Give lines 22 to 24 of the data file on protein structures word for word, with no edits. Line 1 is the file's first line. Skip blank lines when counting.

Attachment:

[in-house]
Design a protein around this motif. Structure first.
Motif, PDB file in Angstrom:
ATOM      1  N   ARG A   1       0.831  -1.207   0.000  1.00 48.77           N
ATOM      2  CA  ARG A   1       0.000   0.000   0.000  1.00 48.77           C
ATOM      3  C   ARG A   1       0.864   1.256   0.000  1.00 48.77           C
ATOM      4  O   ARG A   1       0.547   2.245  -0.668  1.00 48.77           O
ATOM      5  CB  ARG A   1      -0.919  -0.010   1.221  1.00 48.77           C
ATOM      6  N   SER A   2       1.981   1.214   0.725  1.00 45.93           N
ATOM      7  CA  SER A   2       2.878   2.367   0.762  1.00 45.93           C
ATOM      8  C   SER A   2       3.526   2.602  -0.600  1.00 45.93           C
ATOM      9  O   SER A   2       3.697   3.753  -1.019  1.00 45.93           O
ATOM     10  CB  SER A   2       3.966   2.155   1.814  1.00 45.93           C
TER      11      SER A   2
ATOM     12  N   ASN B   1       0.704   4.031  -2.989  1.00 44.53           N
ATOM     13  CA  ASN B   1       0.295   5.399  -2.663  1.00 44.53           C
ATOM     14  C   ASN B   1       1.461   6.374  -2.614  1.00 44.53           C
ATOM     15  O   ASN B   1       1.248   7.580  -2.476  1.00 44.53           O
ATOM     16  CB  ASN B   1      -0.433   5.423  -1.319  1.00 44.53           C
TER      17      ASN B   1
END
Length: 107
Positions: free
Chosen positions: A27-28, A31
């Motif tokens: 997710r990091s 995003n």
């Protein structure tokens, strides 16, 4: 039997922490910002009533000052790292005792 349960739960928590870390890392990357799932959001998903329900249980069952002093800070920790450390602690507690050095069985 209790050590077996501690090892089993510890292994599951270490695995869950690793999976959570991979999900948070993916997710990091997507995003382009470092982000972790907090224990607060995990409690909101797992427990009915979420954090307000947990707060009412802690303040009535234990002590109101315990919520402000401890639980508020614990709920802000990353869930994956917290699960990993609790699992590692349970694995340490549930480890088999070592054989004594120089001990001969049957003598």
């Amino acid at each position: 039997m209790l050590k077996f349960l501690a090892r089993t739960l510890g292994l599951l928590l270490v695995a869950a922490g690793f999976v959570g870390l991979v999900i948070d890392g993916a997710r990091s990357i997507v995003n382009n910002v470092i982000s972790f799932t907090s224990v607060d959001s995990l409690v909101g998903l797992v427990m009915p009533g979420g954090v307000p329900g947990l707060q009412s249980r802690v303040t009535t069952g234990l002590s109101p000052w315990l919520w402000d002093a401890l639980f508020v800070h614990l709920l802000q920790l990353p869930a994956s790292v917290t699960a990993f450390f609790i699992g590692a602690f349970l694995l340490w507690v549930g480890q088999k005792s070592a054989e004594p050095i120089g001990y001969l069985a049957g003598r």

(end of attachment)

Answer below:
Length: 107
Positions: free
Chosen positions: A27-28, A31